Earth Imaging Journal: Remote Sensing, Satellite Images, Satellite Imagery
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This Sept. 14, 2012, TerraSar-X image shows a second crack that formed west of the original one in May 2012.

When the colossal crack shown in the accompanying TerraSar-X satellite images reaches the other side of the Pine Island Glacier ice shelf, it’ll send the largest iceberg in decades adrift into Pine Island Bay.

On Oct. 14, 2011, NASA Operation IceBridge scientists flying over Antarctica’s Pine Island Glacier (PIG) made a startling discovery: a massive rift running about 29 kilometers (18 miles) across a part of the glacier’s floating tongue. The rift was 80 meters (260 feet) wide on average and 50 to 60 meters (170 to 200 feet) deep.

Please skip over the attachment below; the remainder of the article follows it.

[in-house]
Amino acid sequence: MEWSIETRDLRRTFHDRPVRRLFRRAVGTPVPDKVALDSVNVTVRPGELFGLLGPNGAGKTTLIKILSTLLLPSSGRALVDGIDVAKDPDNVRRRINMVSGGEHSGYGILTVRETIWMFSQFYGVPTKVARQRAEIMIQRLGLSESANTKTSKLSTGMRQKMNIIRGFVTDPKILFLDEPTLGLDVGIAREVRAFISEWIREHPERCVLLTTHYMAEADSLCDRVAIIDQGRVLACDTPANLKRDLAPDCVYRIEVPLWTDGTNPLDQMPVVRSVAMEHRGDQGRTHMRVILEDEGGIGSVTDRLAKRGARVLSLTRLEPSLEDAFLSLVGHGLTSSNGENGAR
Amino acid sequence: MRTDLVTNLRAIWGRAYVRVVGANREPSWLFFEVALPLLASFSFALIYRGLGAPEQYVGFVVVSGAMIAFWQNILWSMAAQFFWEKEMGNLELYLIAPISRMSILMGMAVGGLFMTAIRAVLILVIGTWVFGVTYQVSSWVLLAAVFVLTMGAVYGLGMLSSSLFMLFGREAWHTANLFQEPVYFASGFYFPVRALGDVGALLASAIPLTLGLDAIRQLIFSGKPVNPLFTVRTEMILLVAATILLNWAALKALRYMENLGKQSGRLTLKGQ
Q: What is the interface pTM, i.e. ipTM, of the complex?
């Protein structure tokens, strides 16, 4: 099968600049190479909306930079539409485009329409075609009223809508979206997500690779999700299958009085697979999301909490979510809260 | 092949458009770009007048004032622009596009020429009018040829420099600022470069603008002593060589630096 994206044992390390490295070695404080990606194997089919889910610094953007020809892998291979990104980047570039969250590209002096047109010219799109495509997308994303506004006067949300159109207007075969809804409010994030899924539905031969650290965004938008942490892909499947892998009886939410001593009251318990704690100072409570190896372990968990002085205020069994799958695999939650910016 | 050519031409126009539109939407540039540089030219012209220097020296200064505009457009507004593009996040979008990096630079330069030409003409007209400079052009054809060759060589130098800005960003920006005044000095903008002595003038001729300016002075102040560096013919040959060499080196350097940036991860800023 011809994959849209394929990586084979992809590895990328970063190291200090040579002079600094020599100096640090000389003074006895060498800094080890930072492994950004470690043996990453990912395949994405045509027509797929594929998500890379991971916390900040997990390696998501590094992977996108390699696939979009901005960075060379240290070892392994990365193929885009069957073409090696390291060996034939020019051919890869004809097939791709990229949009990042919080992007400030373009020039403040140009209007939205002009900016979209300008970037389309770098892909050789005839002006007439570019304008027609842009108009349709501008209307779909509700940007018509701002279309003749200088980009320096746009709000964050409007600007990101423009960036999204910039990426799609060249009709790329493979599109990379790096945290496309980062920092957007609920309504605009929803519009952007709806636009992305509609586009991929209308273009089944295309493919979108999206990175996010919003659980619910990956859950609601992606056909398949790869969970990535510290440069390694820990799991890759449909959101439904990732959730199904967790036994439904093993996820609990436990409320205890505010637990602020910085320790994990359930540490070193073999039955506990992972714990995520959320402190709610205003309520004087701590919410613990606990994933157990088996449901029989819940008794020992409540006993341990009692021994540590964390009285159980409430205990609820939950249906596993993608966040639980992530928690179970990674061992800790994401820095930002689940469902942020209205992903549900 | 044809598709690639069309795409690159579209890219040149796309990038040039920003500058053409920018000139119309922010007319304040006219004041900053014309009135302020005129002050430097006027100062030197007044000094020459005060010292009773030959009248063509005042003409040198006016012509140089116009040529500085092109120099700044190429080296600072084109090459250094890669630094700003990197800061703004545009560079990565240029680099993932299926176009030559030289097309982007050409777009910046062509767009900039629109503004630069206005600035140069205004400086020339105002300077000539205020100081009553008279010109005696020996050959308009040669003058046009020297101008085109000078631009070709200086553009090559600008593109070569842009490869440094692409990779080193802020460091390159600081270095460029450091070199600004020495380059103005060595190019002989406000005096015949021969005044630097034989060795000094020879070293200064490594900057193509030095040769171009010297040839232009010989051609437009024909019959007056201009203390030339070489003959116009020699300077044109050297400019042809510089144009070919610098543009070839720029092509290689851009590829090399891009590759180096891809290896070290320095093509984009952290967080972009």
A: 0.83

This Oct. 31, 2011, TerraSar-X satellite image shows the Pine Island Glacier crack two weeks after NASA scientists discovered it from a DC-8 aircraft.

Rifts similar to this form on PIG’s ice shelf every five to six years. “What makes this one remarkable is that it will lead to calving of a significantly larger iceberg than PIG has produced in the last few decades,” noted Joseph MacGregor, a research scientist at the University of Texas at Austin. “It’s likely that the front of PIG will be farther back than any time in the recent past after the iceberg calves.”

Satellites observed large icebergs calving off PIG in 2001 and 2007, but upcoming IceBridge flights offer an opportunity to monitor a calving event from closer range. Operation IceBridge resumed science flights with NASA’s DC-8 on Oct. 12, 2012. Scientists participating in the mission will be watching the crack closely for any new signs of change.

Images courtesy of NASA and the German Aerospace Center.

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